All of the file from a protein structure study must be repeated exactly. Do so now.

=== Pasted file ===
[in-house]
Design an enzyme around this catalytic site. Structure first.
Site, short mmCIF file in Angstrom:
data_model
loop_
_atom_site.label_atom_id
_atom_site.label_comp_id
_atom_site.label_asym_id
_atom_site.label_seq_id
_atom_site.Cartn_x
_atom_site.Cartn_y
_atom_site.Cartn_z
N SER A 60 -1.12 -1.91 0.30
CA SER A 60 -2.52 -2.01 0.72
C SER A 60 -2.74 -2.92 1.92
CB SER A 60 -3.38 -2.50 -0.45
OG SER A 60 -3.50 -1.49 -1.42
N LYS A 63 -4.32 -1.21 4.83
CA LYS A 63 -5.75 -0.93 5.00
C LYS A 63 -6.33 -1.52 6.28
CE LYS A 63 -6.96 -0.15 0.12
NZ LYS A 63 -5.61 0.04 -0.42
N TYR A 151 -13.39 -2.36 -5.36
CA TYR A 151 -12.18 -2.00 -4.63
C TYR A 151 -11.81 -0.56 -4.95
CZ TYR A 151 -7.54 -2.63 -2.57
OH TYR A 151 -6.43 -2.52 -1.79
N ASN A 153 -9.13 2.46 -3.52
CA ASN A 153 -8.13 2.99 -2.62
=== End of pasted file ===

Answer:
[in-house]
Design an enzyme around this catalytic site. Structure first.
Site, short mmCIF file in Angstrom:
data_model
loop_
_atom_site.label_atom_id
_atom_site.label_comp_id
_atom_site.label_asym_id
_atom_site.label_seq_id
_atom_site.Cartn_x
_atom_site.Cartn_y
_atom_site.Cartn_z
N SER A 60 -1.12 -1.91 0.30
CA SER A 60 -2.52 -2.01 0.72
C SER A 60 -2.74 -2.92 1.92
CB SER A 60 -3.38 -2.50 -0.45
OG SER A 60 -3.50 -1.49 -1.42
N LYS A 63 -4.32 -1.21 4.83
CA LYS A 63 -5.75 -0.93 5.00
C LYS A 63 -6.33 -1.52 6.28
CE LYS A 63 -6.96 -0.15 0.12
NZ LYS A 63 -5.61 0.04 -0.42
N TYR A 151 -13.39 -2.36 -5.36
CA TYR A 151 -12.18 -2.00 -4.63
C TYR A 151 -11.81 -0.56 -4.95
CZ TYR A 151 -7.54 -2.63 -2.57
OH TYR A 151 -6.43 -2.52 -1.79
N ASN A 153 -9.13 2.46 -3.52
CA ASN A 153 -8.13 2.99 -2.62